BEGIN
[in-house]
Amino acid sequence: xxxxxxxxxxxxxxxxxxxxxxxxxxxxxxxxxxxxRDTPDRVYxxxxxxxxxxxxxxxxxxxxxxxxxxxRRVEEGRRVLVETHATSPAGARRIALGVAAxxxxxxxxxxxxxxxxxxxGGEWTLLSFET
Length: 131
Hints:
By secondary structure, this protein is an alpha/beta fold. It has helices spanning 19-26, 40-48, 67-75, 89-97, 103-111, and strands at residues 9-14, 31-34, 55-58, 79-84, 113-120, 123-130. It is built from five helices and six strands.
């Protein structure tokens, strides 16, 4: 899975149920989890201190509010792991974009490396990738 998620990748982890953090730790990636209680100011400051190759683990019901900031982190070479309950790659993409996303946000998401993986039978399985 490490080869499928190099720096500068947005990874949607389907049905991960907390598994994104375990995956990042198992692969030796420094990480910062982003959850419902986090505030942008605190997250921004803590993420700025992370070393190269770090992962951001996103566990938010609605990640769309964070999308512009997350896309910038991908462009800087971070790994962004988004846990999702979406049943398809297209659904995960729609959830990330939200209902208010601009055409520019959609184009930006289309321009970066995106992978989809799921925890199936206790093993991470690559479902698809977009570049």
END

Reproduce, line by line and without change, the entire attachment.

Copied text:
[in-house]
Amino acid sequence: xxxxxxxxxxxxxxxxxxxxxxxxxxxxxxxxxxxxRDTPDRVYxxxxxxxxxxxxxxxxxxxxxxxxxxxRRVEEGRRVLVETHATSPAGARRIALGVAAxxxxxxxxxxxxxxxxxxxGGEWTLLSFET
Length: 131
Hints:
By secondary structure, this protein is an alpha/beta fold. It has helices spanning 19-26, 40-48, 67-75, 89-97, 103-111, and strands at residues 9-14, 31-34, 55-58, 79-84, 113-120, 123-130. It is built from five helices and six strands.
């Protein structure tokens, strides 16, 4: 899975149920989890201190509010792991974009490396990738 998620990748982890953090730790990636209680100011400051190759683990019901900031982190070479309950790659993409996303946000998401993986039978399985 490490080869499928190099720096500068947005990874949607389907049905991960907390598994994104375990995956990042198992692969030796420094990480910062982003959850419902986090505030942008605190997250921004803590993420700025992370070393190269770090992962951001996103566990938010609605990640769309964070999308512009997350896309910038991908462009800087971070790994962004988004846990999702979406049943398809297209659904995960729609959830990330939200209902208010601009055409520019959609184009930006289309321009970066995106992978989809799921925890199936206790093993991470690559479902698809977009570049």